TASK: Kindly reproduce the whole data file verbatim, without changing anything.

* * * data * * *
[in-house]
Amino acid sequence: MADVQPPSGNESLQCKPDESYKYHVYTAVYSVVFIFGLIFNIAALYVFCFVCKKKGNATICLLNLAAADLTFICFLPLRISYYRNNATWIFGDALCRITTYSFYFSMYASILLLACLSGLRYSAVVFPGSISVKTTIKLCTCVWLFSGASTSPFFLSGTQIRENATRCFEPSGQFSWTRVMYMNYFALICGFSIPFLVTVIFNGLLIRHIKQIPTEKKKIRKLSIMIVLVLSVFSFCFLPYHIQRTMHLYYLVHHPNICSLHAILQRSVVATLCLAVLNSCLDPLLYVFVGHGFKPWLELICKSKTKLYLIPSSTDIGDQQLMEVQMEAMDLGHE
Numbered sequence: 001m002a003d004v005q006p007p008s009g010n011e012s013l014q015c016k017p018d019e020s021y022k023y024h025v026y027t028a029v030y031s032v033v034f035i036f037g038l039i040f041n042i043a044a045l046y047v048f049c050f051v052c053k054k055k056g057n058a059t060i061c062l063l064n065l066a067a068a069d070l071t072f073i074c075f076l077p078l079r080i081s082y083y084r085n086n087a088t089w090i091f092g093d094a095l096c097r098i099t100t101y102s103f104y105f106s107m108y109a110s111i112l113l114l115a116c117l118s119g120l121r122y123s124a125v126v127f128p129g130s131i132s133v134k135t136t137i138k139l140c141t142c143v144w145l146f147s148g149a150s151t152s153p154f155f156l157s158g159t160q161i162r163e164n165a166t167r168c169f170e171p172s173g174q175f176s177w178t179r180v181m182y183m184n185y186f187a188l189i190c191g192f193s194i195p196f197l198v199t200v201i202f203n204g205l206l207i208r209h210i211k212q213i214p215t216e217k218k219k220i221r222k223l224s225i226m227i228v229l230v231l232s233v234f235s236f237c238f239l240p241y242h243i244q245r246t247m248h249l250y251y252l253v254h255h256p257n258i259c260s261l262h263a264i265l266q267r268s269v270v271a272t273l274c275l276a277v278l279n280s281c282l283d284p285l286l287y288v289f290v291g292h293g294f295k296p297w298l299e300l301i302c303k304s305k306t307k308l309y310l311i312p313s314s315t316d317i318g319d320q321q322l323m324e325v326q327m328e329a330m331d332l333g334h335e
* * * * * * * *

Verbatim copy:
[in-house]
Amino acid sequence: MADVQPPSGNESLQCKPDESYKYHVYTAVYSVVFIFGLIFNIAALYVFCFVCKKKGNATICLLNLAAADLTFICFLPLRISYYRNNATWIFGDALCRITTYSFYFSMYASILLLACLSGLRYSAVVFPGSISVKTTIKLCTCVWLFSGASTSPFFLSGTQIRENATRCFEPSGQFSWTRVMYMNYFALICGFSIPFLVTVIFNGLLIRHIKQIPTEKKKIRKLSIMIVLVLSVFSFCFLPYHIQRTMHLYYLVHHPNICSLHAILQRSVVATLCLAVLNSCLDPLLYVFVGHGFKPWLELICKSKTKLYLIPSSTDIGDQQLMEVQMEAMDLGHE
Numbered sequence: 001m002a003d004v005q006p007p008s009g010n011e012s013l014q015c016k017p018d019e020s021y022k023y024h025v026y027t028a029v030y031s032v033v034f035i036f037g038l039i040f041n042i043a044a045l046y047v048f049c050f051v052c053k054k055k056g057n058a059t060i061c062l063l064n065l066a067a068a069d070l071t072f073i074c075f076l077p078l079r080i081s082y083y084r085n086n087a088t089w090i091f092g093d094a095l096c097r098i099t100t101y102s103f104y105f106s107m108y109a110s111i112l113l114l115a116c117l118s119g120l121r122y123s124a125v126v127f128p129g130s131i132s133v134k135t136t137i138k139l140c141t142c143v144w145l146f147s148g149a150s151t152s153p154f155f156l157s158g159t160q161i162r163e164n165a166t167r168c169f170e171p172s173g174q175f176s177w178t179r180v181m182y183m184n185y186f187a188l189i190c191g192f193s194i195p196f197l198v199t200v201i202f203n204g205l206l207i208r209h210i211k212q213i214p215t216e217k218k219k220i221r222k223l224s225i226m227i228v229l230v231l232s233v234f235s236f237c238f239l240p241y242h243i244q245r246t247m248h249l250y251y252l253v254h255h256p257n258i259c260s261l262h263a264i265l266q267r268s269v270v271a272t273l274c275l276a277v278l279n280s281c282l283d284p285l286l287y288v289f290v291g292h293g294f295k296p297w298l299e300l301i302c303k304s305k306t307k308l309y310l311i312p313s314s315t316d317i318g319d320q321q322l323m324e325v326q327m328e329a330m331d332l333g334h335e